Monte Vista Coop

Tuesday, June 19, 2012


This past year was not kind to the employees of the Monte Vista Cooperative.  Many suffered tragic losses in their personal lives as well as the loss of General Manager, Mike Kelley.  Mike was a friend and co-worker before he became manager, and his passing has been tough for many of the employees.  At this point little is left unsaid about Mike, but I would like to note that one thing I admired about him was his ability to prevent past mistakes from discouraging him.  He learned what he could from a situation, and moved forward.

We, as a Coop, are moving forward.  We have named Mike Boothe General Manager.  Mike has been with the Coop for 16 years, with experience as both Grain Merchandiser and Director of Finance.  Mike is a solid, dependable leader, and he has been the glue holding the Coop together during these past tough months.

Financially, this past year was very successful.  Sales increased over 11 million dollars, and net savings rose to 2.1 million for the year.  The balance sheet has improved with working capital increasing over 1 million.  We have also been able to retire more equity, fulfilling our obligation to our loyal members.  We take equity retirement seriously, and I would like to point out that we are one of the few Coops left in Colorado who do.

I would like to also thank the Coop members who have taken the time to call me and the other board members with their concerns the past few months.  It seems the biggest issue we need to address is still customer service.  We think the world of the Coop employee group, but we also know that improvement is always possible.  We are honored you choose to do business at the Coop, and we hope every interaction with an employee shows that.

Matt Seger, Board President

Wednesday, February 8, 2012

On the Edge of Common Sense by Baxter Black


“Most people just don’t get it,” said Ron, bemoaning the urban politicians that continue to whittle away at funding for county fairs and the ag extension service.  “It’s all about the kids learning real life.”

To their misfortune, urban children have much less opportunity to connect with real life.  They look at some farm kid working on his show steer every day for months.  It is beyond their comprehension. “Why”, they think, ‘Would anyone want to waste their time in such a mindless pursuit?’ and then they whip out their Game Boy and fall into a trance.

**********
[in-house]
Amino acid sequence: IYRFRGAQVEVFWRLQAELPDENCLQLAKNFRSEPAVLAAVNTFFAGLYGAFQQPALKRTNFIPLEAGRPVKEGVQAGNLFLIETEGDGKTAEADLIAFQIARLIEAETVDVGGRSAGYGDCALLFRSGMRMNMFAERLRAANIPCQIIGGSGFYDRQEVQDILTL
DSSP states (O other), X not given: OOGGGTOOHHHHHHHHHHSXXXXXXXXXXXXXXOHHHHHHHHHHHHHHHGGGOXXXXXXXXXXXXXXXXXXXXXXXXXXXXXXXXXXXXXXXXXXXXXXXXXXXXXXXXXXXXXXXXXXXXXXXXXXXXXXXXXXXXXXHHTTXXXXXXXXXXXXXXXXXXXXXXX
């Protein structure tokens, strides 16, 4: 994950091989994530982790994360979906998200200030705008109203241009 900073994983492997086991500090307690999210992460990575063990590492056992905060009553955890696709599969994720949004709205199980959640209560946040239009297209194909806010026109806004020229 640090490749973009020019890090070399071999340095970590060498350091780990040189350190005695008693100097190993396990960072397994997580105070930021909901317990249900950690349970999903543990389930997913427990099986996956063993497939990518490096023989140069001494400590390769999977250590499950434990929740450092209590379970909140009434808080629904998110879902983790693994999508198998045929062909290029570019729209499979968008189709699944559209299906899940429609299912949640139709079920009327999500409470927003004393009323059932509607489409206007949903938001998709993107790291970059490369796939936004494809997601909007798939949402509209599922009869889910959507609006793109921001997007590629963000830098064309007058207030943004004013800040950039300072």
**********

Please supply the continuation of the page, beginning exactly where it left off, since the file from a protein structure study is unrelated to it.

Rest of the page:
Thank goodness there are some politicians, corporations and influential associations that DO get it.  As farmers and livestock raisers continue to decline in numbers, it is even more critical that parents, county agents, ag teachers, 4H leaders, scientists and teachers instill in the next generations the realities of life that farming depends on.  Does America want to become a net importer of food in fifty years?

I appreciate Mrs. Obama’s garden, Whole Foods specialty markets, organic and natural producers.  They have a niche market.  But who is going to feed the other 99% of our burgeoning population, much less a hungry third world?

Those kids, our kids who are fitting steers, doing chores, picking apples, showing hogs, driving the grain truck, learning to weld, riding pens, irrigating strawberries, managing a pasture, hosing the milk room, stacking hay and learning to read the sky are assimilating the mountain of knowledge that it takes to make dirt and rain into food.

Farm kids start learning the land and the livestock when they are old enough to carry a bucket.  When they help with the daily chores they are practicing.  It’s like taking piano lessons or tennis lessons except what farm kids learn has a much more profound objective; feeding us all.

Our culture expends a great deal of effort on future NBA stars, astronauts, environmental lawyers, doctors, and political science majors.  But for every 100 rock stars, Rhoads scholars and Heisman trophy winners our country produces, we better make sure we spend enough to train at least two future farmers, so the rest of them can eat.  That is the essence of the county fair.

Beneath all the fun, auctions, and show ribbons, the serious business of learning how to make a living off the land continues like an underground river.

The list of ‘essential professions’ is a short one.  That’s the reality of real life.  Farm kids hold our future in their hands.  They are in training to feed the world.  And fair board members and county agents get it.

Used with the Author's Permission.